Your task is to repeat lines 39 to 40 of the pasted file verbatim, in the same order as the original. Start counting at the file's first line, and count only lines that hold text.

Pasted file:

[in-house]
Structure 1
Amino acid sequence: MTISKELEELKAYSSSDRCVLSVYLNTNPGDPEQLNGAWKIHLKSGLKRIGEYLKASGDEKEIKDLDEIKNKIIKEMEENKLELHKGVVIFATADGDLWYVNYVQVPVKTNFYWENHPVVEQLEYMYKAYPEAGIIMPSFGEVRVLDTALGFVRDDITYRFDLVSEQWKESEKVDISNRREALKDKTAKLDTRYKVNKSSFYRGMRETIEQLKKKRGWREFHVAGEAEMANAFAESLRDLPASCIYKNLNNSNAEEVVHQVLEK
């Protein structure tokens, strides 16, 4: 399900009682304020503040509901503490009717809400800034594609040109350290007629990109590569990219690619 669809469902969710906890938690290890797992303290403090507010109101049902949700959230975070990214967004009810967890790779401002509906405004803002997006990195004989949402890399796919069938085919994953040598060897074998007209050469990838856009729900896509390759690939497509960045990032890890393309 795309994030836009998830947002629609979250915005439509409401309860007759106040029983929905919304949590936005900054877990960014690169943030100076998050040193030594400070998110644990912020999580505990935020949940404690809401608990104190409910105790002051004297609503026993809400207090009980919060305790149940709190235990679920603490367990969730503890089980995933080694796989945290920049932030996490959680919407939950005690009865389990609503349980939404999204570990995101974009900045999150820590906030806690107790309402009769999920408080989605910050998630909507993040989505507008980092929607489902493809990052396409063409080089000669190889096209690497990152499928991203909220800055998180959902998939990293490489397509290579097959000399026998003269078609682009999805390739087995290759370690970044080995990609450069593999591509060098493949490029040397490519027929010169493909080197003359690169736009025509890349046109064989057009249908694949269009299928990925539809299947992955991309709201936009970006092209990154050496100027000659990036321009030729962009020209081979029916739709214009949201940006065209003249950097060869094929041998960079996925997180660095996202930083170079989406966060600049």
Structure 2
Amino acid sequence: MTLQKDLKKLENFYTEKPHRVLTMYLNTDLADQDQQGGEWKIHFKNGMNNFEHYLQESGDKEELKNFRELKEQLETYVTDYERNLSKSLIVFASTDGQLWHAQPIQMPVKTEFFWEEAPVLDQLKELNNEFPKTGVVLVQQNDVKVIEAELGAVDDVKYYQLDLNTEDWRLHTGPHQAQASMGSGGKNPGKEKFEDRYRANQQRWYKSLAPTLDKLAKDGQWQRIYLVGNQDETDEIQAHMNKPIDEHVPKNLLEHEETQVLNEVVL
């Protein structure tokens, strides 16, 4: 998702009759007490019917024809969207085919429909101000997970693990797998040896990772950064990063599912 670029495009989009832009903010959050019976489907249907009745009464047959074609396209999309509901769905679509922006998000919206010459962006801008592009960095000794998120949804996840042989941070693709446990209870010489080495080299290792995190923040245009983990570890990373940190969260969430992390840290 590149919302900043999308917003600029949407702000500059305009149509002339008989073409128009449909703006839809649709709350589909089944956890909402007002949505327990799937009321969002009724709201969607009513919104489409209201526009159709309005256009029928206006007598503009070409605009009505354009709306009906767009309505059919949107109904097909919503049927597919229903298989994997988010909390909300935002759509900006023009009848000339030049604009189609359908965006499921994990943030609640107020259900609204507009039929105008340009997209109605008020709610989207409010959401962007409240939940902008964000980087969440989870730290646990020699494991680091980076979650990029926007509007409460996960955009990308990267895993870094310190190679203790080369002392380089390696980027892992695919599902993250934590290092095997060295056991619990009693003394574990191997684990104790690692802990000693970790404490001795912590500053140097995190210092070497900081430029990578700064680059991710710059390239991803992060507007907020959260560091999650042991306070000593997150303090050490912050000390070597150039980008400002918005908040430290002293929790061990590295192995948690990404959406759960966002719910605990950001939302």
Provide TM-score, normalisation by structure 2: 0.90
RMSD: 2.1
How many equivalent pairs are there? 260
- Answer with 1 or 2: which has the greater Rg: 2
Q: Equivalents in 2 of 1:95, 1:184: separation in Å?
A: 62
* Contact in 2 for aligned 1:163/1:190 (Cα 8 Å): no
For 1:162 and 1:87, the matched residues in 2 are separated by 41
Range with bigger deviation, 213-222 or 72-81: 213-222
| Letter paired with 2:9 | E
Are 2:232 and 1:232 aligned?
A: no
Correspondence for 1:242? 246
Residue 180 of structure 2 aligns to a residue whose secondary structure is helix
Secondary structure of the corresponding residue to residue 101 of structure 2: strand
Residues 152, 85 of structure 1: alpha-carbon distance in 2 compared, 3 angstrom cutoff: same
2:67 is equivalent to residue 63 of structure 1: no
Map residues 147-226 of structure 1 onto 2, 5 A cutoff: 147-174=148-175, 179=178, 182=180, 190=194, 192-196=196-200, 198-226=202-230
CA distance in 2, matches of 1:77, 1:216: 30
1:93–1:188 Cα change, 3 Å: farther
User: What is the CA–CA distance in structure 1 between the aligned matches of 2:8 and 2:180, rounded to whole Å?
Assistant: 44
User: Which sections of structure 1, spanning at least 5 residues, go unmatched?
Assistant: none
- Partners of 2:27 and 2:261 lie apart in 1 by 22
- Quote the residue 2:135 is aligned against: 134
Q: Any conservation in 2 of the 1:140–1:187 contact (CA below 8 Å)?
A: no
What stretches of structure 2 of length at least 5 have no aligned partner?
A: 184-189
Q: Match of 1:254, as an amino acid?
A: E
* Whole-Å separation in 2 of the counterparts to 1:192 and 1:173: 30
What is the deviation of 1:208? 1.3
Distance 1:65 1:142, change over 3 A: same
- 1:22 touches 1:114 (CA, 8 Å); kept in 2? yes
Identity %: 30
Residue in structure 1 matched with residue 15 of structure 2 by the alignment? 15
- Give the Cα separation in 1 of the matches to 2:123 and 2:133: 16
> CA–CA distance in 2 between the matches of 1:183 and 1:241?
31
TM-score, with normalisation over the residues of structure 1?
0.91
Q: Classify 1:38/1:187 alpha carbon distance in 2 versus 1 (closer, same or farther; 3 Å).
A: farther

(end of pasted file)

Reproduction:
A: E
* Whole-Å separation in 2 of the counterparts to 1:192 and 1:173: 30